The second assumption informs the first, and is that no one has an a priori claim to well-being over another person, which is a way of saying that equality of opportunity is important, even if equality of outcome cannot be achieved.

Given these two assumptions it follows that there is a fixed material amount of resource we may each enjoy at a point in time. That defines a practical limit to achievement.

Advertisements

6 Responses to “Accepting constraints”


  1. 1 CharlieMcMenamin July 2, 2009 at 12:15 pm

    Repost!
    Isn’t there a stray quote from Keynes along the lines of him wistfully asking whether it would have been better for economics to develop from Malthus rather than Ricardo? That would seem to be in tune with your musings here.

    Also, as a non economist, I can’t help thinking that we need to think of capital goods – as well as ‘land'(which I take to be the economists’ euphemism for the whole natural world) – in a radically different way in purely accounting terms, even down to how we conceive of things like depreciation. Like using nature itself, quite often using such capital goods involves degrading them or wearing them out – that is making the thing lose its value for future generations. It does strike me it would be helpful to have an economics which allowed us to cost this inter-generational relationship.

  2. 2 Joe Noory July 8, 2009 at 8:35 pm

    This is extremely cool, but there is the risk of starting to DEFINE social elements that are not striclty economic. That is to say that all categorical sorts of satisfaction are not the same for all people.

    As to ‘defining limits’, such an argument runs the risk of something we’ve seen all too often before: coming to the conclusion that history has ended, there is nothing left to learn or invent, and other things that are monumentally embarassing in reflection. We also don’t know what resources we’re ignoring today, and thus writing off as useless, that will be invaluable in a century. It’s also a bit speculative to imagine what they even are, even if we map them all out on the periodic table.

    Charles: much as [i]property is [b]not[/b] theft[/i], neither is accounting or the dismal science. Merely counting them is neutral. It is neither a trapping of greed or a form of asceticism. For example, economists are more likely to take a reference to ‘land’ (when used as a noun) literally, it’s teh rest of us who infer non-economic meaning to the things they say.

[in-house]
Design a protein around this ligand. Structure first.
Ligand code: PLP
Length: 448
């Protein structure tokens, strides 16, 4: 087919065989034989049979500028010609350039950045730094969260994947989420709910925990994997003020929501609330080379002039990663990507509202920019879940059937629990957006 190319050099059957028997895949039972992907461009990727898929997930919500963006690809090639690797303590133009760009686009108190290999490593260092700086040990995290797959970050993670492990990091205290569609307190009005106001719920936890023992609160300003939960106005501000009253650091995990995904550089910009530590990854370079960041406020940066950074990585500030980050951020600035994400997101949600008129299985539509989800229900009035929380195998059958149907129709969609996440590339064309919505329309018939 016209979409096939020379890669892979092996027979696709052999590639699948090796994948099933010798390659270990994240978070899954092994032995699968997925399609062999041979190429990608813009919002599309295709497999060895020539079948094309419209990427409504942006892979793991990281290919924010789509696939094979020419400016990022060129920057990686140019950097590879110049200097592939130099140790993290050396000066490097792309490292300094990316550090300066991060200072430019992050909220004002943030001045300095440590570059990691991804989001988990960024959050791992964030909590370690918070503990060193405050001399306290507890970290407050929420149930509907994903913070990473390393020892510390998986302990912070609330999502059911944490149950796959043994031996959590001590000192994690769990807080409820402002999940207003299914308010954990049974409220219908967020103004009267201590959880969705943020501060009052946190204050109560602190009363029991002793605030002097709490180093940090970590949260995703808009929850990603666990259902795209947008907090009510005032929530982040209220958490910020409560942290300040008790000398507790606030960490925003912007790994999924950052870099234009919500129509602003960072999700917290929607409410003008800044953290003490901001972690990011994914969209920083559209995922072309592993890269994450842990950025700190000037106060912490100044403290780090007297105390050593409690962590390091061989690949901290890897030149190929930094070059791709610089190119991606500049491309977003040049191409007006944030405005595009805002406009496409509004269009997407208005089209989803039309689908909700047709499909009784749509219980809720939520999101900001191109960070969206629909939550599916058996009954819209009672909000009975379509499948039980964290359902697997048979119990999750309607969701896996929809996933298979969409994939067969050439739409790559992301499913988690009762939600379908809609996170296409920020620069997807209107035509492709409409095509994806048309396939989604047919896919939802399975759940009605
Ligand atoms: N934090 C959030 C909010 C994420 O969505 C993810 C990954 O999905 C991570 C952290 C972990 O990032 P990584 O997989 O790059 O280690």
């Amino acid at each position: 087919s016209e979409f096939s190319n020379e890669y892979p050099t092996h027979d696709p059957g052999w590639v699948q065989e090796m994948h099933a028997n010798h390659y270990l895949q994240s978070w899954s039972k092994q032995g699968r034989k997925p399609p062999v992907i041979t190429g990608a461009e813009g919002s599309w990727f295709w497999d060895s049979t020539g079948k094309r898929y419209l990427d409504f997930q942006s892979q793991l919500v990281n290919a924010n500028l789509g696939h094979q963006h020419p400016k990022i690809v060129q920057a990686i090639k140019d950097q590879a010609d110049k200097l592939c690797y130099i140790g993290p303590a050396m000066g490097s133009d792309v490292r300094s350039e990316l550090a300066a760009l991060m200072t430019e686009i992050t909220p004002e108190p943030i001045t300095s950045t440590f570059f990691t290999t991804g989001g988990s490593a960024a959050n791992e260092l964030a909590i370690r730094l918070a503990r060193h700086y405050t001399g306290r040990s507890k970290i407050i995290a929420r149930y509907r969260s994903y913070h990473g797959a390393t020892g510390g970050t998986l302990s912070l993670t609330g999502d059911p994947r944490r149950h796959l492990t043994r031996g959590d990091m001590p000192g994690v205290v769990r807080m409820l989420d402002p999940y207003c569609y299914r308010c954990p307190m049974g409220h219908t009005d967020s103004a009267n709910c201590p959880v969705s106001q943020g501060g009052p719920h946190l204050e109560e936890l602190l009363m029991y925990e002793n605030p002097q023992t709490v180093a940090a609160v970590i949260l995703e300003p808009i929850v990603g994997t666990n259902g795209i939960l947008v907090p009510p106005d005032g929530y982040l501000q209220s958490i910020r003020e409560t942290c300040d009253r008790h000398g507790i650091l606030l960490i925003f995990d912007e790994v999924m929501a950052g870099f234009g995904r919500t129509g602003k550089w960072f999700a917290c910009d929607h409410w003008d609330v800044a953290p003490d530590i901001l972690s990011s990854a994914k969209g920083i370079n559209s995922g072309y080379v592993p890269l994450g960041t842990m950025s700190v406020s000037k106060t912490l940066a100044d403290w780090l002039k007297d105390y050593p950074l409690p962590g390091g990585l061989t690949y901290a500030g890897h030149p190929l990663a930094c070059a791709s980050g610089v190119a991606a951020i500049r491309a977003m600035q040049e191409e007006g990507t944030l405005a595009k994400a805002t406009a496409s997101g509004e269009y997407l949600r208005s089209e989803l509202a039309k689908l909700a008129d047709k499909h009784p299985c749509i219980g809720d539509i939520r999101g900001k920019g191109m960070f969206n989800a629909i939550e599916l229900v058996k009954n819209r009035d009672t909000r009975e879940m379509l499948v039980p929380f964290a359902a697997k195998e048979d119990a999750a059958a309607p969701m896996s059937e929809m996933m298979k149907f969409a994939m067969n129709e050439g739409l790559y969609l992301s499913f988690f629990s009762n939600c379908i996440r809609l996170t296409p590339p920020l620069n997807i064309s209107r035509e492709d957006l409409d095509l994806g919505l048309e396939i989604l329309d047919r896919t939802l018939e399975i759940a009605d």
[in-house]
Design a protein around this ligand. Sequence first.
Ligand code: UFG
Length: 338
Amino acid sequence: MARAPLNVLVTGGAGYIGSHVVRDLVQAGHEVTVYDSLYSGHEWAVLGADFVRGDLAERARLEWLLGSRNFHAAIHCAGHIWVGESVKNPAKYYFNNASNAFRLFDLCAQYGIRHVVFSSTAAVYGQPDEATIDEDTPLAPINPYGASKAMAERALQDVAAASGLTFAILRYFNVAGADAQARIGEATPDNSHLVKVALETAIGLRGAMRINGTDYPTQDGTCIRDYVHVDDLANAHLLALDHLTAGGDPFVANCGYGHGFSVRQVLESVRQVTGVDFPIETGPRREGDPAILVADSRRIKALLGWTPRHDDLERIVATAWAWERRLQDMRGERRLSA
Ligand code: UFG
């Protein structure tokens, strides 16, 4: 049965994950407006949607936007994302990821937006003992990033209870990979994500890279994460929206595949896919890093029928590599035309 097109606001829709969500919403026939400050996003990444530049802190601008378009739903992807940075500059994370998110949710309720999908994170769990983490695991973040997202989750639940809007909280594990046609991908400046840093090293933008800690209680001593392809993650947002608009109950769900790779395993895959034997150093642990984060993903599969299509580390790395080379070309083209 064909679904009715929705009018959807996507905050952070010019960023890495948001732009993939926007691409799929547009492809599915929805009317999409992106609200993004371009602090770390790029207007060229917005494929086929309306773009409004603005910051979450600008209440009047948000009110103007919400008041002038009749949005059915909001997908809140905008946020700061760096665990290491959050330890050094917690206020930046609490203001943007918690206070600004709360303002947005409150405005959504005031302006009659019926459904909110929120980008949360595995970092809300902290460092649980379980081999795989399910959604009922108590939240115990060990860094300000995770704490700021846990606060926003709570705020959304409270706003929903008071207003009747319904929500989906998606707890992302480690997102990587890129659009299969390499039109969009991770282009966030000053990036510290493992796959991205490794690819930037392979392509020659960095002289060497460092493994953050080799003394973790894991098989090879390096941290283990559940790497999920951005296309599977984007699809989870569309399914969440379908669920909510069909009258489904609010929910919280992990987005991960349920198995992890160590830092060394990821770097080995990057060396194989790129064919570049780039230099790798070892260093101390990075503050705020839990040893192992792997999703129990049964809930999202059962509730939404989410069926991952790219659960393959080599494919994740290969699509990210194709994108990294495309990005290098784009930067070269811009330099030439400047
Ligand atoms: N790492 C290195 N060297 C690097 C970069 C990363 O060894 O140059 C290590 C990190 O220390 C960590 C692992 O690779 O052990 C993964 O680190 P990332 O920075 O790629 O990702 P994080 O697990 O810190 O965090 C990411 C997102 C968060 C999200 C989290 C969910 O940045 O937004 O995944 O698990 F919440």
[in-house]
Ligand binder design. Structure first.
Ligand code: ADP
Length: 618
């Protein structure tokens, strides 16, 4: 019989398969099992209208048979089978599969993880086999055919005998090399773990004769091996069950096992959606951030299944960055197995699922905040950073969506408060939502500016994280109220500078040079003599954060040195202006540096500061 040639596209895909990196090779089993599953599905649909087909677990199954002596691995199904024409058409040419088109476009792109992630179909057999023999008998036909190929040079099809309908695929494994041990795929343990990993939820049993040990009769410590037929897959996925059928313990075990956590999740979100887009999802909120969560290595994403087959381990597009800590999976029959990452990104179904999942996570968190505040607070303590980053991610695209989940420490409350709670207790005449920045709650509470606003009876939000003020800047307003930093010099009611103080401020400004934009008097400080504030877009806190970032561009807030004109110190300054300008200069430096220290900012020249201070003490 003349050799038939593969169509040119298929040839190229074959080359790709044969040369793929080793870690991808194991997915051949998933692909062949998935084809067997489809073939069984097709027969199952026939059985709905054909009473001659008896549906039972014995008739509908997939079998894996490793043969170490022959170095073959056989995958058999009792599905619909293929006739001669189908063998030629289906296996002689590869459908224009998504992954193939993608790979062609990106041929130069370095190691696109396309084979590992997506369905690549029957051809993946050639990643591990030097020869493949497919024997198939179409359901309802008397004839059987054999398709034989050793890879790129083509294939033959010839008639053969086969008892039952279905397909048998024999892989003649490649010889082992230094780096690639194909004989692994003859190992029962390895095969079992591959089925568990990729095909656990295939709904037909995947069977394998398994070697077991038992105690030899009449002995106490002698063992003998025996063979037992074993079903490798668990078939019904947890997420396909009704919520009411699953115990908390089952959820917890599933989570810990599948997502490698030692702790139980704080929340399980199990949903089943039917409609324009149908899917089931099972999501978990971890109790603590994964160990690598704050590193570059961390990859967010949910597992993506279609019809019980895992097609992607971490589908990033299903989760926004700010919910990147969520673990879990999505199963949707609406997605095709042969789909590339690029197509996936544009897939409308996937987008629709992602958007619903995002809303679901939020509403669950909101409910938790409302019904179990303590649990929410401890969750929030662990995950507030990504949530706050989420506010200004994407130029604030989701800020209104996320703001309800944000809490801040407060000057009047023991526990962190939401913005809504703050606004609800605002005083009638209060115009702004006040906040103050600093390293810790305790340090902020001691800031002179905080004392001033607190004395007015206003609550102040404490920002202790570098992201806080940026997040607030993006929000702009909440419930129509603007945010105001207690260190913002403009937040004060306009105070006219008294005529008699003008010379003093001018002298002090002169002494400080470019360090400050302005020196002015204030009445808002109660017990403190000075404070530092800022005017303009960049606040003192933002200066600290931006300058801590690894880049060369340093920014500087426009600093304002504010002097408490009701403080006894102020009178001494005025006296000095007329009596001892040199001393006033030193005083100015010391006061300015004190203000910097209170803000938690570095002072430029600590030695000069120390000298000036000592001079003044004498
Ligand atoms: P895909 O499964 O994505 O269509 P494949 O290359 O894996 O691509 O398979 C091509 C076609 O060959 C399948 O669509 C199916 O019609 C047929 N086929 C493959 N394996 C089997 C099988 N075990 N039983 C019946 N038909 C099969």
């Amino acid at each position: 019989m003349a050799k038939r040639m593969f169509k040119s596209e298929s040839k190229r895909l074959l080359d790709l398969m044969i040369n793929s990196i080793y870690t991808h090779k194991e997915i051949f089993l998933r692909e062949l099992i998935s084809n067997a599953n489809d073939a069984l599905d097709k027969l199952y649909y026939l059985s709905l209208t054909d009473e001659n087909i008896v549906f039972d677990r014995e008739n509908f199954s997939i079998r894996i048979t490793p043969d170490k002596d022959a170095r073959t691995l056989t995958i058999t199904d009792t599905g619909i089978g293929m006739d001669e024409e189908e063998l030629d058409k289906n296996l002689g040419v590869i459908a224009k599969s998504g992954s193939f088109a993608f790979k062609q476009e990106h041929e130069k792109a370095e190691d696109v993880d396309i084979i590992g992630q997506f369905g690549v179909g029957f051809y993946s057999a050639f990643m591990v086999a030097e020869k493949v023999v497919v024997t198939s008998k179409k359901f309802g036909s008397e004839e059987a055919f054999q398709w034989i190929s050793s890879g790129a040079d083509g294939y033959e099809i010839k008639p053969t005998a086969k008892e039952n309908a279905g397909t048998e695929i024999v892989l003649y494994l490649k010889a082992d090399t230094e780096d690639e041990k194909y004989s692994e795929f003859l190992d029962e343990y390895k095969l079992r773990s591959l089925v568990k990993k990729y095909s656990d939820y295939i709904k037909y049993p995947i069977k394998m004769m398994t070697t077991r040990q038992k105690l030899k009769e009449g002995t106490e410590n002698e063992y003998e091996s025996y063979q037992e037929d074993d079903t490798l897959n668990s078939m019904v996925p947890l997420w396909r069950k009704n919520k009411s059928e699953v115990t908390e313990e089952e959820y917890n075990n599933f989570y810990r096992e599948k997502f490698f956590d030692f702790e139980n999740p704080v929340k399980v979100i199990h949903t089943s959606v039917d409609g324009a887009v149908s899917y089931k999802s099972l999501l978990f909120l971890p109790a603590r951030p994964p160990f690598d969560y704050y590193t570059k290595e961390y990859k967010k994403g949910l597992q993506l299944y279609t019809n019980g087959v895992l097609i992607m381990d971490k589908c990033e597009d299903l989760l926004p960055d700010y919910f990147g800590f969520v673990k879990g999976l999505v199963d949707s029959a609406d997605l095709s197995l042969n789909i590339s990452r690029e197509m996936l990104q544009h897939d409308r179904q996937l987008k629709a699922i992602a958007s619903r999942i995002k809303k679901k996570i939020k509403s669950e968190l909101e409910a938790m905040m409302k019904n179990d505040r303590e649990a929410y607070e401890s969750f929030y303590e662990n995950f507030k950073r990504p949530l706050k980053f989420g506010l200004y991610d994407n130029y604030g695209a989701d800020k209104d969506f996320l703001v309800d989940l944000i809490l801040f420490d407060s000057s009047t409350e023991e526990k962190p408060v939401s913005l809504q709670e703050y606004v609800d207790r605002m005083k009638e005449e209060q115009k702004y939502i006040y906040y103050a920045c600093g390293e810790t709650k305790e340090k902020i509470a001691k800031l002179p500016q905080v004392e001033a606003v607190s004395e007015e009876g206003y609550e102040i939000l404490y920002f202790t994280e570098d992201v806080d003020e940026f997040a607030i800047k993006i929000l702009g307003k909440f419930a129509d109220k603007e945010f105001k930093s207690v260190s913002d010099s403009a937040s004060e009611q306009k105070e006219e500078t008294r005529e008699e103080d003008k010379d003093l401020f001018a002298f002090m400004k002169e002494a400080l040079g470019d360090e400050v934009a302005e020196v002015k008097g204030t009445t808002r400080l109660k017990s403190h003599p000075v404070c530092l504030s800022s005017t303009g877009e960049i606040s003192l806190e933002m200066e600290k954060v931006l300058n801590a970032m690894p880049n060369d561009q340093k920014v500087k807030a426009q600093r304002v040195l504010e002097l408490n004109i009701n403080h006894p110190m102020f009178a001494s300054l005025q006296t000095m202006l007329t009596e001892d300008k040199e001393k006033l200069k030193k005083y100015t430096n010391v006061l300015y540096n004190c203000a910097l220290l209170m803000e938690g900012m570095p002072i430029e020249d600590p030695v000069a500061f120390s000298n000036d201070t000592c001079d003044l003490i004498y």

That said, economics is a social science, but unlike many fields of modern scholarship, it doesn’t have an embedded world view the way, say, “Peace Studies” or “Transgendered Studies” might have.


  1. 1 Tax Research UK » New post on Enough Economics Trackback on July 2, 2009 at 10:05 am
  2. 2 Ritchie’s new economics Trackback on July 2, 2009 at 11:58 am
  3. 3 New post on Enough Economics | called2account Trackback on July 2, 2009 at 4:02 pm
  4. 4 Economics as Feynman’s onion | Trackback on July 5, 2009 at 12:21 pm

Leave a Reply

Fill in your details below or click an icon to log in:

WordPress.com Logo

You are commenting using your WordPress.com account. Log Out / Change )

Twitter picture

You are commenting using your Twitter account. Log Out / Change )

Facebook photo

You are commenting using your Facebook account. Log Out / Change )

Google+ photo

You are commenting using your Google+ account. Log Out / Change )

Connecting to %s




The archive

Categories

wordpress hit counter
July 2009
M T W T F S S
« Jun    
 12345
6789101112
13141516171819
20212223242526
2728293031  

Blog Stats

  • 4,716 hits

%d bloggers like this: